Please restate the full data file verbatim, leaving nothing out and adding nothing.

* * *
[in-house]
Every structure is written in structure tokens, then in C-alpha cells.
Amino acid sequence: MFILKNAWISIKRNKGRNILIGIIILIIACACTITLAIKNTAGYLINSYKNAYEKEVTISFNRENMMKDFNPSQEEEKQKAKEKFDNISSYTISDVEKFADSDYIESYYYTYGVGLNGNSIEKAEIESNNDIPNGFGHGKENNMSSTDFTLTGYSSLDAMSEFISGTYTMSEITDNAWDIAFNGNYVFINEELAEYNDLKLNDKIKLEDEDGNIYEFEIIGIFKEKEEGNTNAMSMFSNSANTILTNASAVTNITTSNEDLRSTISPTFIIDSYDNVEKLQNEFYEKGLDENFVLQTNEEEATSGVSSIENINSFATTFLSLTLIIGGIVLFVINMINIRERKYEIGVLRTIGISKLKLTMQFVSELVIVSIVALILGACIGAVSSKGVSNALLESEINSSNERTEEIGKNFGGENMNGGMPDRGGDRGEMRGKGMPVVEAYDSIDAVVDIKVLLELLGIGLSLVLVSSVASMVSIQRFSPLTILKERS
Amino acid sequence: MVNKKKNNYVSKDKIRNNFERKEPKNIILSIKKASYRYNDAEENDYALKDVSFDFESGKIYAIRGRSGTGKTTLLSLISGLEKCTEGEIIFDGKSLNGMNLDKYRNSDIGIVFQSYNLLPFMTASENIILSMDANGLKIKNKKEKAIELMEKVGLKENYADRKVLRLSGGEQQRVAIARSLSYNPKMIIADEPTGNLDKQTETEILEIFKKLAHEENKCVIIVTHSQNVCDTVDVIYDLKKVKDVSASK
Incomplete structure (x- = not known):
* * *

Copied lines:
[in-house]
Every structure is written in structure tokens, then in C-alpha cells.
Amino acid sequence: MFILKNAWISIKRNKGRNILIGIIILIIACACTITLAIKNTAGYLINSYKNAYEKEVTISFNRENMMKDFNPSQEEEKQKAKEKFDNISSYTISDVEKFADSDYIESYYYTYGVGLNGNSIEKAEIESNNDIPNGFGHGKENNMSSTDFTLTGYSSLDAMSEFISGTYTMSEITDNAWDIAFNGNYVFINEELAEYNDLKLNDKIKLEDEDGNIYEFEIIGIFKEKEEGNTNAMSMFSNSANTILTNASAVTNITTSNEDLRSTISPTFIIDSYDNVEKLQNEFYEKGLDENFVLQTNEEEATSGVSSIENINSFATTFLSLTLIIGGIVLFVINMINIRERKYEIGVLRTIGISKLKLTMQFVSELVIVSIVALILGACIGAVSSKGVSNALLESEINSSNERTEEIGKNFGGENMNGGMPDRGGDRGEMRGKGMPVVEAYDSIDAVVDIKVLLELLGIGLSLVLVSSVASMVSIQRFSPLTILKERS
Amino acid sequence: MVNKKKNNYVSKDKIRNNFERKEPKNIILSIKKASYRYNDAEENDYALKDVSFDFESGKIYAIRGRSGTGKTTLLSLISGLEKCTEGEIIFDGKSLNGMNLDKYRNSDIGIVFQSYNLLPFMTASENIILSMDANGLKIKNKKEKAIELMEKVGLKENYADRKVLRLSGGEQQRVAIARSLSYNPKMIIADEPTGNLDKQTETEILEIFKKLAHEENKCVIIVTHSQNVCDTVDVIYDLKKVKDVSASK
Incomplete structure (x- = not known):